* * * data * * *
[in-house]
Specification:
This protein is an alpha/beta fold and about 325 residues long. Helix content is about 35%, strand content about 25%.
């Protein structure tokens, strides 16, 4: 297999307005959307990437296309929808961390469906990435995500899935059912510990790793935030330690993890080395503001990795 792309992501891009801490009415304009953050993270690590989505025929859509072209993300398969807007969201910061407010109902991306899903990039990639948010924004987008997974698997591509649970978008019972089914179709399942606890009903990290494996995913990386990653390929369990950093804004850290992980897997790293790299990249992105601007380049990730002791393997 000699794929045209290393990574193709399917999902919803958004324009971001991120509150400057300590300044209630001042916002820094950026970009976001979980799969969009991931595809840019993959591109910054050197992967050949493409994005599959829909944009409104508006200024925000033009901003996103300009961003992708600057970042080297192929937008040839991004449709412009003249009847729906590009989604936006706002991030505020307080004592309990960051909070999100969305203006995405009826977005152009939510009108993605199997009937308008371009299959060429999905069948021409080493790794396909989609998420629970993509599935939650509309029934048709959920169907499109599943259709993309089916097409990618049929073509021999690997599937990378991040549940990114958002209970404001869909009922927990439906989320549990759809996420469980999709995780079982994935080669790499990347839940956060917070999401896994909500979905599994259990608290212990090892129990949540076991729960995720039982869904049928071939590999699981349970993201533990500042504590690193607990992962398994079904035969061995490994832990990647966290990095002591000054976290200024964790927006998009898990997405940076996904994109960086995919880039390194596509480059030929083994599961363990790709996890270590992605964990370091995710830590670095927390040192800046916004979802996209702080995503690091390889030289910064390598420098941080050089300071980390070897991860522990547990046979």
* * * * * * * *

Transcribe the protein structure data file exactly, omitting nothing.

[in-house]
Specification:
This protein is an alpha/beta fold and about 325 residues long. Helix content is about 35%, strand content about 25%.
């Protein structure tokens, strides 16, 4: 297999307005959307990437296309929808961390469906990435995500899935059912510990790793935030330690993890080395503001990795 792309992501891009801490009415304009953050993270690590989505025929859509072209993300398969807007969201910061407010109902991306899903990039990639948010924004987008997974698997591509649970978008019972089914179709399942606890009903990290494996995913990386990653390929369990950093804004850290992980897997790293790299990249992105601007380049990730002791393997 000699794929045209290393990574193709399917999902919803958004324009971001991120509150400057300590300044209630001042916002820094950026970009976001979980799969969009991931595809840019993959591109910054050197992967050949493409994005599959829909944009409104508006200024925000033009901003996103300009961003992708600057970042080297192929937008040839991004449709412009003249009847729906590009989604936006706002991030505020307080004592309990960051909070999100969305203006995405009826977005152009939510009108993605199997009937308008371009299959060429999905069948021409080493790794396909989609998420629970993509599935939650509309029934048709959920169907499109599943259709993309089916097409990618049929073509021999690997599937990378991040549940990114958002209970404001869909009922927990439906989320549990759809996420469980999709995780079982994935080669790499990347839940956060917070999401896994909500979905599994259990608290212990090892129990949540076991729960995720039982869904049928071939590999699981349970993201533990500042504590690193607990992962398994079904035969061995490994832990990647966290990095002591000054976290200024964790927006998009898990997405940076996904994109960086995919880039390194596509480059030929083994599961363990790709996890270590992605964990370091995710830590670095927390040192800046916004979802996209702080995503690091390889030289910064390598420098941080050089300071980390070897991860522990547990046979």